- Troubleshooting: Approximately half of industrial downtime can be attributed to the troubleshooting process. Following guided steps from web-based maintenance systems like RobotPro®, most of the information that operators need to service a robot can be gained in a few clicks, saving time and money. User-friendly tools with graphical interfaces such as this empower operators to quickly identify alarm error causes and to tackle repairs with minimal guesswork.
Aside from comprehensive customer and technical support, there are peripheral tools that may aid robot performance. For example, Pendant Armor®, which is often used to prevent damage to a programming pendant, is an energy-absorbing frame designed to protect exposed components most often damaged when the pendant is dropped. This extends the life of a teach pendant by preventing broken buttons and damaged electronics, reducing costly replacements and increasing uptime.
With two million manufacturing jobs set to go unfilled due to talent unavailability by 2025, the need for robotic automation intensifies daily.2 Similarly, with product life cycles becoming shorter and more customized, part complexity is greater, solidifying the need for robots on the factory floor. One industrial robot on its own has the potential to make a difference in production efficiency, but now shops are realizing that the use of robots in conjunction with each other and/or peripheral technologies have the potential to further improve efficiency and accelerate ROI. While what makes one robot “tick” will most likely vary from another, the results should be the same: long-term profitable success.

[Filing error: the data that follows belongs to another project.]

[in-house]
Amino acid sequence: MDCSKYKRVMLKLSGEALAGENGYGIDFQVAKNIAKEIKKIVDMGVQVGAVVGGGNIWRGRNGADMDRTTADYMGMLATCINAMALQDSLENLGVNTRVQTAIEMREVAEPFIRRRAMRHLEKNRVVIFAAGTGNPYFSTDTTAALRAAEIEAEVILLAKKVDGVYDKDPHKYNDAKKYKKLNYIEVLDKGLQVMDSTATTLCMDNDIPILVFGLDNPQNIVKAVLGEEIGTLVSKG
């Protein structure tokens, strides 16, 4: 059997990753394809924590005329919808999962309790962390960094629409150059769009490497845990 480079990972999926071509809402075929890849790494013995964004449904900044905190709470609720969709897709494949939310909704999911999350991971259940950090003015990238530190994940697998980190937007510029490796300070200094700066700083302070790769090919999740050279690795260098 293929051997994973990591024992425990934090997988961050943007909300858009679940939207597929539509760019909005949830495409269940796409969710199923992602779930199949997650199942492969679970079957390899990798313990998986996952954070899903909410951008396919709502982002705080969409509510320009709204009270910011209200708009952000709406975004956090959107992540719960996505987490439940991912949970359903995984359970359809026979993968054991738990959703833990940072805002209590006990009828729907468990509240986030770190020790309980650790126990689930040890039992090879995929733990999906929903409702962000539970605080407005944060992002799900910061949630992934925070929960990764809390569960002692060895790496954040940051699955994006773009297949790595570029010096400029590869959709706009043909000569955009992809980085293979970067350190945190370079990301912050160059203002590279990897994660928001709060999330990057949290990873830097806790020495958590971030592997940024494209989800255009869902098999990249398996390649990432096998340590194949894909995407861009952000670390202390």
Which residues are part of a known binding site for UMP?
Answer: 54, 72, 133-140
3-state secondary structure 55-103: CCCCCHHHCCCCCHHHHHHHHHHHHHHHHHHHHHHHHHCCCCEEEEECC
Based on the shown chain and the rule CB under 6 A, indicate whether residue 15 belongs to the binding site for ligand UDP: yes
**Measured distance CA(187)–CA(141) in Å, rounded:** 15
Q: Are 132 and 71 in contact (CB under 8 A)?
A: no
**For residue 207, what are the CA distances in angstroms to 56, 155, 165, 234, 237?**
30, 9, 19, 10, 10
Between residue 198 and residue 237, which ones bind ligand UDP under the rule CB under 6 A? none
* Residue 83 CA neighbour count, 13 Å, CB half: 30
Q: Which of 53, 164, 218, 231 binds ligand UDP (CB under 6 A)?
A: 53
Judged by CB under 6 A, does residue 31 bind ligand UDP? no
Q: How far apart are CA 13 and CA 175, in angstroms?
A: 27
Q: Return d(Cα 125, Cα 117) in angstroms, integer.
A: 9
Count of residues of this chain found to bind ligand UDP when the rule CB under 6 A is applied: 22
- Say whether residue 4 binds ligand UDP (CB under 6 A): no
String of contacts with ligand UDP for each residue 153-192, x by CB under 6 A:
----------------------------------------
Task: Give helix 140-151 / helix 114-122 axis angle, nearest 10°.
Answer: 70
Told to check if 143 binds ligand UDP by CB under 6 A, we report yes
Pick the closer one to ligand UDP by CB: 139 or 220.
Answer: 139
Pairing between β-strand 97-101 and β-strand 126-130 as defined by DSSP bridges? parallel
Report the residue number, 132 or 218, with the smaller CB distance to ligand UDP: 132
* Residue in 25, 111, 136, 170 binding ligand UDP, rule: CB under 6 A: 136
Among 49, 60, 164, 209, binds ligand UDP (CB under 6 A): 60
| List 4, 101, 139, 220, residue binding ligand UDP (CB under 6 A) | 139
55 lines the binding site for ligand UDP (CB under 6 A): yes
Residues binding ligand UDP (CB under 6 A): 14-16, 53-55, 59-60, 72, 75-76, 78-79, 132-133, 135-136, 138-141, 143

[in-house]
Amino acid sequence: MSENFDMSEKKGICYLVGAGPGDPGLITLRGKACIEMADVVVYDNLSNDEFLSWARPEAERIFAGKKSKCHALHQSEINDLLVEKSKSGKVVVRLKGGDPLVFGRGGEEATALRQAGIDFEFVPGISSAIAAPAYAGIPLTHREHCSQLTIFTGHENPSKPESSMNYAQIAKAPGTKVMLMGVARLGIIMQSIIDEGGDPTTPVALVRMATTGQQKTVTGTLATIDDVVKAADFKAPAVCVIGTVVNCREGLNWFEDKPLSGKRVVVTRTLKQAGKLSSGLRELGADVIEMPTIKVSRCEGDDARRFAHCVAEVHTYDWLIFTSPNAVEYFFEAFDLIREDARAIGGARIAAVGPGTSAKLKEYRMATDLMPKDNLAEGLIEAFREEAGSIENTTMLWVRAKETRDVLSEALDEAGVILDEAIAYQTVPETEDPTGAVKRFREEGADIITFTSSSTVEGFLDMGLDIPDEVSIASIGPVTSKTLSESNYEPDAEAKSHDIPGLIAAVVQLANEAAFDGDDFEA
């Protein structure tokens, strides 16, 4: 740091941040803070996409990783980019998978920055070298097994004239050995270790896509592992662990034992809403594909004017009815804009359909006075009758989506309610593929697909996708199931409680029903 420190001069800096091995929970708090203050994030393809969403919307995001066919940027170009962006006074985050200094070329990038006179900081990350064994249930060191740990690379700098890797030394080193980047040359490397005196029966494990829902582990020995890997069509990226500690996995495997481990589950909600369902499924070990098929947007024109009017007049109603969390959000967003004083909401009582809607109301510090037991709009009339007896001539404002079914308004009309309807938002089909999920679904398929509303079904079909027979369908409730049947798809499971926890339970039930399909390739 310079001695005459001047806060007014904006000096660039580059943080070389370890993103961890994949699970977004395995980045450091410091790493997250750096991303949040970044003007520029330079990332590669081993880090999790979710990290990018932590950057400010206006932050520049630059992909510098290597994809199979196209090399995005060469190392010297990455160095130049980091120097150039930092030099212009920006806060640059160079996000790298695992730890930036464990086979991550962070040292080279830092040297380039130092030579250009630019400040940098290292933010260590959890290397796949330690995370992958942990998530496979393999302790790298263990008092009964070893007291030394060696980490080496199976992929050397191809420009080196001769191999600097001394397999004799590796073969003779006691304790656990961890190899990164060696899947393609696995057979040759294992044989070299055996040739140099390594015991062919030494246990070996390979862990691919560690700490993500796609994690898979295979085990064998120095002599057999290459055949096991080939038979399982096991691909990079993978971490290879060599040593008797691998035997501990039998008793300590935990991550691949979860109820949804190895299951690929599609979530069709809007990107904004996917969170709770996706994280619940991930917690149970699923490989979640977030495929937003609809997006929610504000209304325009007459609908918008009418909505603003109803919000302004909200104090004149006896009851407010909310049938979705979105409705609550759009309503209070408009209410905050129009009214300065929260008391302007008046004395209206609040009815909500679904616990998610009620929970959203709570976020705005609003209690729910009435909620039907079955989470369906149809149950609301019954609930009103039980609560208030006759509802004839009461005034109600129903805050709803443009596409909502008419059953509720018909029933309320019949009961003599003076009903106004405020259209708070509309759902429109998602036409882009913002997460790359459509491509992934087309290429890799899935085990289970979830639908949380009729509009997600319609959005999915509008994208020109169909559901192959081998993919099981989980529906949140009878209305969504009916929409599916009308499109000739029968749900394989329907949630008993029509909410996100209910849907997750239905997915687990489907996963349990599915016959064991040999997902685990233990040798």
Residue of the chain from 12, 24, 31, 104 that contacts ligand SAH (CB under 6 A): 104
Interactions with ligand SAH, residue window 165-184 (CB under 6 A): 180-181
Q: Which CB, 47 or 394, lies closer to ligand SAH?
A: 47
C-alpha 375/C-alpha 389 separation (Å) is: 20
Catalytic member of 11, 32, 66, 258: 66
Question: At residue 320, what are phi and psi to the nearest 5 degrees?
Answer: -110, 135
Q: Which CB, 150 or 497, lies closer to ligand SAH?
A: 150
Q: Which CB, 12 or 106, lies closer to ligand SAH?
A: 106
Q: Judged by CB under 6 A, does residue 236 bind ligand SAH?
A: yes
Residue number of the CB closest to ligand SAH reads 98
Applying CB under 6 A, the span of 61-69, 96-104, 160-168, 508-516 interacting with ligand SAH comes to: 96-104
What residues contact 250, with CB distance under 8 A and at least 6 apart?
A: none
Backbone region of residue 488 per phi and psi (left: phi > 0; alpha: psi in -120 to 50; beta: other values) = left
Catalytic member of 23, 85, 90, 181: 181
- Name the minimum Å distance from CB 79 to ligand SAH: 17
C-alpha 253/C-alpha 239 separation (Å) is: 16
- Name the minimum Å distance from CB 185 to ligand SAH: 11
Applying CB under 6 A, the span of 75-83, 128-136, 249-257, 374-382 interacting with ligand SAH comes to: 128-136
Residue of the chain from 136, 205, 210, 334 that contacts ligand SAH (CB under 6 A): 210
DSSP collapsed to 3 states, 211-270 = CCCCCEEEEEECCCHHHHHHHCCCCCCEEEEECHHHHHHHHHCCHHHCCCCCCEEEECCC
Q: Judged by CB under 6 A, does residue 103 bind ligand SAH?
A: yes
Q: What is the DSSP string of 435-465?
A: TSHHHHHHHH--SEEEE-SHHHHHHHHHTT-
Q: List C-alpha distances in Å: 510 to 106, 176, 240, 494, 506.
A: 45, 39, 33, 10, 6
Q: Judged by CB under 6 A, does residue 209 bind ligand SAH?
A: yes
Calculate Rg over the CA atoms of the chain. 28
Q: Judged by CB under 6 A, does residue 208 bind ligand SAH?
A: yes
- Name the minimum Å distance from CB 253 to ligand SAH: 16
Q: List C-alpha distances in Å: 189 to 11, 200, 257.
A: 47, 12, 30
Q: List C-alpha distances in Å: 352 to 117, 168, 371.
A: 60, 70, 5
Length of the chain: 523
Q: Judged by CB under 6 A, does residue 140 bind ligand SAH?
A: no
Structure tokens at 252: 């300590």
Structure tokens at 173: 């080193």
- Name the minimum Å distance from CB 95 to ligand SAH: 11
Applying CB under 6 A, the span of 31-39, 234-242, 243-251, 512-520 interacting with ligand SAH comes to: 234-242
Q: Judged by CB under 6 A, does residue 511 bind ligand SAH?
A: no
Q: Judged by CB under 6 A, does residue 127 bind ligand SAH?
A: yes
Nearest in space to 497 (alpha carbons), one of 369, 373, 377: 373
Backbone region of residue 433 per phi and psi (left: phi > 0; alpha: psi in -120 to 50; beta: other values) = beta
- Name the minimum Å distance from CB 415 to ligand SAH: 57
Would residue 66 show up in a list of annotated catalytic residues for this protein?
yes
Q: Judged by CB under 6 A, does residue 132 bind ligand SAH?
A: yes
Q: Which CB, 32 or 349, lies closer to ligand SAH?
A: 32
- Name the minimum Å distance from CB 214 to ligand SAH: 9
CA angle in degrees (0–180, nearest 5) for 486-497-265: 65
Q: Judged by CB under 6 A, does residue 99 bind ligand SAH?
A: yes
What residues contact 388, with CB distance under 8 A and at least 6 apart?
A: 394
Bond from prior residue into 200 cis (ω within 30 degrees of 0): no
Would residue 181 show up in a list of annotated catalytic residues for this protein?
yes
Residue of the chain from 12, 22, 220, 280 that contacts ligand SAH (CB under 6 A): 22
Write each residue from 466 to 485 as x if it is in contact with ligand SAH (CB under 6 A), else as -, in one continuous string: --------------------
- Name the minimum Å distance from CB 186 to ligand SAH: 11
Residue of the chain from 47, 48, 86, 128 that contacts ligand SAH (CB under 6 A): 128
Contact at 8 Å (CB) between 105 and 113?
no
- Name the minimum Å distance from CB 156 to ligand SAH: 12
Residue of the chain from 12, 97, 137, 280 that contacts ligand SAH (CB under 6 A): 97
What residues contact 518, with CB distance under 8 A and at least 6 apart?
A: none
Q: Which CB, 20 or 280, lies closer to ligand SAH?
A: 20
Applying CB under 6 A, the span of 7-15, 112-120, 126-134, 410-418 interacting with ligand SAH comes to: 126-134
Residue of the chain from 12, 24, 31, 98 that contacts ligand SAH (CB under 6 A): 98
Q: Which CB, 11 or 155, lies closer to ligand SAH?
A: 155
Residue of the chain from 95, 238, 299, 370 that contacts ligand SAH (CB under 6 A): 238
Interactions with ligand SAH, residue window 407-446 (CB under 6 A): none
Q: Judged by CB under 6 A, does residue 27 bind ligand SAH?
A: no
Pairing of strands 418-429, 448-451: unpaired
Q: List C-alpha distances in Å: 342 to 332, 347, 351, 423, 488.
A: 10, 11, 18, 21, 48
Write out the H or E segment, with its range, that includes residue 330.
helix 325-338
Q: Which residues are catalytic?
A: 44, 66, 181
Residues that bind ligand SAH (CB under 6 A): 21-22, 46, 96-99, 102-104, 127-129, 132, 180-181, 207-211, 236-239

- “Global Articulated Robot Market 2018 by Manufacturers, Regions, Type and Application, Forecast to 2023,” Decision Databases, 2018.
- “The Skills Gap in U.S. Manufacturing: 2015 and Beyond,” The Manufacturing Institute and Deloitte, 2015.
AIDA-America’s 300-Ton Servo Press Increases Productivity at Graham Stamping
AIDA-America Corp. (Dayton, OH) provided Graham Stamping Co. (Hermitage, PA) with a 300-ton unitized frame servo press, the DSF-N2-3000 press.
Beckwood Delivers Hydraulic and Servo-Electric Presses to Supplier of Solid-State Batteries
Beckwood Press Co. (St. Louis, MO) has delivered a 500-ton, 4-post hydraulic press and a 50-ton servo-electric press to a U.S. manufacturer of solid-state batteries.
ATI Industrial Automation Acquired by Novanta
As of August 31, ATI Industrial Automation (Apex, NC) was officially purchased by Novanta Inc. (Bedford, MA). Novanta provides laser systems, vision systems, and motion-control components to manufacturers of medical equipment and advanced industrial equipment.